Repurposing disulfiram as treatment for metastatic colorectal cancer
This research project addresses fundamental problems in the current treatment of patients with metastatic colorectal cancer (mCRC): a high percentage of patients with mCRC receiving chemotherapy do not benefit from the treatment due to inherited or acquired drug resistance, while they experience substantial side effects. Here, we propose to assess a repurposing strategy by introducing the drug disulfiram to patients with mCRC and drug resistant disease.
A high percentage of patients with mCRC receiving chemotherapy do not benefit from the treatment due to inherited or acquired drug resistance, while they experience substantial side effects. The objective response rate to first-line systemic treatment of mCRC is approximately 50%, whereas only around 10-20% of mCRC patients will benefit from second-line chemotherapy, suggesting a high degree of cross-resistance among the drugs used. Here, we propose to assess a repurposing strategy by introducing the drug disulfiram to patients with mCRC and drug resistant disease. Disulfiram was first produced in 1881 and in 1945 the Danish researchers Hald and Jacobsen discovered that disulfiram causes very unpleasant effects in persons who had consumed alcohol. In the absence of alcohol the side effects of disulfiram are very modest and include drowsiness, headache, and a metallic/garlic taste in the mouth and even long-term disulfiram treatment does not cause severe adverse effects.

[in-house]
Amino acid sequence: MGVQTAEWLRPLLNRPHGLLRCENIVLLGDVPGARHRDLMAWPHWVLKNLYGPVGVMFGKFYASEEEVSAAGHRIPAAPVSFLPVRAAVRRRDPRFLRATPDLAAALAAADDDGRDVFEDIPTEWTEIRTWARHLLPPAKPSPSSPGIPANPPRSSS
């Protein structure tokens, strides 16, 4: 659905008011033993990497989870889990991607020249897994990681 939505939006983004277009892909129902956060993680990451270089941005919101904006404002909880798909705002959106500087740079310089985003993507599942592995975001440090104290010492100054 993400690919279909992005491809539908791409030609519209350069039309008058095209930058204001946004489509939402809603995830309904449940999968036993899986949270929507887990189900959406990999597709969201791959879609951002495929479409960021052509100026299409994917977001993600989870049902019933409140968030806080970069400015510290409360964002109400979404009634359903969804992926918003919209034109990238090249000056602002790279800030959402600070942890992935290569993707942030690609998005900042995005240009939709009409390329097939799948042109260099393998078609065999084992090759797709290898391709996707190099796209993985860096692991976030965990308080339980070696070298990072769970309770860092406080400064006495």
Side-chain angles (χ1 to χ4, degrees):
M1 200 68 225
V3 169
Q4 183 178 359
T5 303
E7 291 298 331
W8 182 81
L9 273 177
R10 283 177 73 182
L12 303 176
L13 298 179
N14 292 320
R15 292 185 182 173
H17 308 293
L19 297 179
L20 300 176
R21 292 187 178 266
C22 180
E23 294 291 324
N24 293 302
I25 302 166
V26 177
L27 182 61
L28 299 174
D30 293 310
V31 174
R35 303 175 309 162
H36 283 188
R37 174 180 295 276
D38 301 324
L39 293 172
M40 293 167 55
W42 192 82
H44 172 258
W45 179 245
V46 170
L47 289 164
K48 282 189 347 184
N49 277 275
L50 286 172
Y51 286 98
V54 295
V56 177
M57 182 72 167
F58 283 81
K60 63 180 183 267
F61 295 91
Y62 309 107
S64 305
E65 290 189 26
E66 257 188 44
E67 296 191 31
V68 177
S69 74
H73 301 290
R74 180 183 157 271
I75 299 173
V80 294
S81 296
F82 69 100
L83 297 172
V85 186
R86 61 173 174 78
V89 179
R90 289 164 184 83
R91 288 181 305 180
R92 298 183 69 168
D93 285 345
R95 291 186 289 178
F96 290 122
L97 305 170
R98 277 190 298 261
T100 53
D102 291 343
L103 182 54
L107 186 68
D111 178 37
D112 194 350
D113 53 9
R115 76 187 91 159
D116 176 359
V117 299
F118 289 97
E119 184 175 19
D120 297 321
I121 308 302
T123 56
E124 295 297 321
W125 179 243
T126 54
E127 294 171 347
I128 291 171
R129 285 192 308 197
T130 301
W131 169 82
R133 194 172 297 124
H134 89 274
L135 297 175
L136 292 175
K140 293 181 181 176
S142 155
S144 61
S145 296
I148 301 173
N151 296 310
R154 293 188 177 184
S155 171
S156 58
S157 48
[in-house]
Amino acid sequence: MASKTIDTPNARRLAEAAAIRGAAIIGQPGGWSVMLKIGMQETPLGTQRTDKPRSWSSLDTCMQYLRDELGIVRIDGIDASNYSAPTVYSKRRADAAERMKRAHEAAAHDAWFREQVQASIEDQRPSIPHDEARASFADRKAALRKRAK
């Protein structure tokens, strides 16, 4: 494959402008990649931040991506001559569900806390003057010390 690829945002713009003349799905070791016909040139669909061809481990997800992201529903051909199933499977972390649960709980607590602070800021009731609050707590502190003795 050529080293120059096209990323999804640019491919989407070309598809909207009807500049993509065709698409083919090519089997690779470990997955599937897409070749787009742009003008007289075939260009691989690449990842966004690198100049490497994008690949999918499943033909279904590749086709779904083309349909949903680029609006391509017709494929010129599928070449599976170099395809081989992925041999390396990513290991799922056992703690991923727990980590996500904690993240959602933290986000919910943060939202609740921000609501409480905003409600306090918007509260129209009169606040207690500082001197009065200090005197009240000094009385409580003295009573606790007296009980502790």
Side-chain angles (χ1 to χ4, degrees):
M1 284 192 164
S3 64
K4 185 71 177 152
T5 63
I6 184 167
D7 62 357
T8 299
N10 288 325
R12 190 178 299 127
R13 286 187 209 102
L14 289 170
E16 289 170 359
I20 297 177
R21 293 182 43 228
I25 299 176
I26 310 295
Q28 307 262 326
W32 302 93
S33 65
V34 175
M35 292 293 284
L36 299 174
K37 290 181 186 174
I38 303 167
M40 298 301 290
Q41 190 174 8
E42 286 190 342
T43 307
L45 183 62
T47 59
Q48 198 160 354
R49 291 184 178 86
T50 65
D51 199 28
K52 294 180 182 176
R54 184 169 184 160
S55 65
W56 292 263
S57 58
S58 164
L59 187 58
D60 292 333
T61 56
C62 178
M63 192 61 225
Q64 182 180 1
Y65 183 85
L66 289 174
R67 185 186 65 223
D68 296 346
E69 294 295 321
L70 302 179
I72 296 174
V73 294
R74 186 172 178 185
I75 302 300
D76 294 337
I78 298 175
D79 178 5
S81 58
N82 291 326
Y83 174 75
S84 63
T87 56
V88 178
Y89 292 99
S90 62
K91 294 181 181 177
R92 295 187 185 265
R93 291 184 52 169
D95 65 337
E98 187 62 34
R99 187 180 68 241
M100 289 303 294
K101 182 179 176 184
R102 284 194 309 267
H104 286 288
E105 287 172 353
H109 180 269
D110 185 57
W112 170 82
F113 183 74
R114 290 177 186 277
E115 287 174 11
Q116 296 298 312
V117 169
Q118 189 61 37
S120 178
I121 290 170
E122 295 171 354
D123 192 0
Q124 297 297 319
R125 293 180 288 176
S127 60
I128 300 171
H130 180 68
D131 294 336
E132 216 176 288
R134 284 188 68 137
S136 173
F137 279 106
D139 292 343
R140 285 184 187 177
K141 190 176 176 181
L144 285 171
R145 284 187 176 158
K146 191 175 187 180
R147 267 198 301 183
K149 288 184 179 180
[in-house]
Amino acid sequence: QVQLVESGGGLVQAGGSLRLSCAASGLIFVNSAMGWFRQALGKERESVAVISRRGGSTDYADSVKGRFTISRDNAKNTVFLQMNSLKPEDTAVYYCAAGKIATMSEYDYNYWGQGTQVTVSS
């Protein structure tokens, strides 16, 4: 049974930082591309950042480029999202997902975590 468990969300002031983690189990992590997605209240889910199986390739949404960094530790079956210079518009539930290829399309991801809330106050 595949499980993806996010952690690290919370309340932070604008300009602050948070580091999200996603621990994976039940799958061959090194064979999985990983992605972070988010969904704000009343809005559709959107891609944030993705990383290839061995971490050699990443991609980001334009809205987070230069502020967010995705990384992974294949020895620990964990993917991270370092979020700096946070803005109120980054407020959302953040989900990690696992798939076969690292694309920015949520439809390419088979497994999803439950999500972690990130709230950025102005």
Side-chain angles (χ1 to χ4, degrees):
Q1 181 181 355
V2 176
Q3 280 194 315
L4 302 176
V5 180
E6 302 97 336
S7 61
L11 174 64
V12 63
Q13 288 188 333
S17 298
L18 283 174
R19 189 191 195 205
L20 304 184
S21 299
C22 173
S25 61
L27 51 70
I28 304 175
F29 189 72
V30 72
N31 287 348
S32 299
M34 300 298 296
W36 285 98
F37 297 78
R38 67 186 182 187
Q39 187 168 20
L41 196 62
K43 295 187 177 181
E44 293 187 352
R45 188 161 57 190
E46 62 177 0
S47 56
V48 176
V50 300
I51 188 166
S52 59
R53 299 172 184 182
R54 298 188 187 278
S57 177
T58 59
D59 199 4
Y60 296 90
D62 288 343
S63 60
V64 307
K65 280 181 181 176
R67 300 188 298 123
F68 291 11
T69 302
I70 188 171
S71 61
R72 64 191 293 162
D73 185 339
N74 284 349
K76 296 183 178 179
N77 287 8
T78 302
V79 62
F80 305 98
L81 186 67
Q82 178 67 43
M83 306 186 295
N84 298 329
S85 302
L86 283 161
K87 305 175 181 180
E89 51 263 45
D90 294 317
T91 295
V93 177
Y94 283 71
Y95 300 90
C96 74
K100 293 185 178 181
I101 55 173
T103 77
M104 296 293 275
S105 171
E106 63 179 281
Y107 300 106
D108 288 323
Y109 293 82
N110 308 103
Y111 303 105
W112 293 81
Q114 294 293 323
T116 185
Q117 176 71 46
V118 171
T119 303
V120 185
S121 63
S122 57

In the human organism, disulfiram is rapidly metabolized to dithiocarbamate that readily binds copper (Cu) thereby forming the active Cu(II)-diethyldithiocarbamate complex (CuEt). A search in Pubmed on disulfiram and cancer gives 355 hits. Without going into mechanistic details, disulfiram has been demonstrated to induce apoptosis, cause cell cycle arrest, inhibit invasion of cancer cells, and to enhance the effect of conventional chemotherapeutic drugs including killing of cancer stem cells and to reverse gemcitabine resistance in colorectal cancer cell lines. In a recent Nature paper, Bartek et al. describes in more details the molecular mechanisms of disulfiram plus copper effect on cancer cells. They show that the molecular target of disulfiram's anticancer effects is inhibition of NPL4, which is essential for turnover of proteins in cells. Besides blocking the enzyme acetaldehyde dehydrogenase, disulfiram targets drug efflux pumps, induces production of reactive oxygen species (ROS), activates the JNK and p38 MAPK signaling pathways, inhibits NFkB and inhibits the proteasome activity. All of these effects are well known anti-cancer drug effects. Furthermore, disulfiram mediated NFkB inhibition is known to enhance the cytotoxic anti-cancer effect of 5-FU and irinotecan in colorectal cancer cells, which further supports the described concept. In some experiments disulfiram alone has demonstrated anti-cancer activity. However, the consensus is that co-administration of divalent metal ions, especially copper, is required for the maximal anti-cancer effect of disulfiram to take place.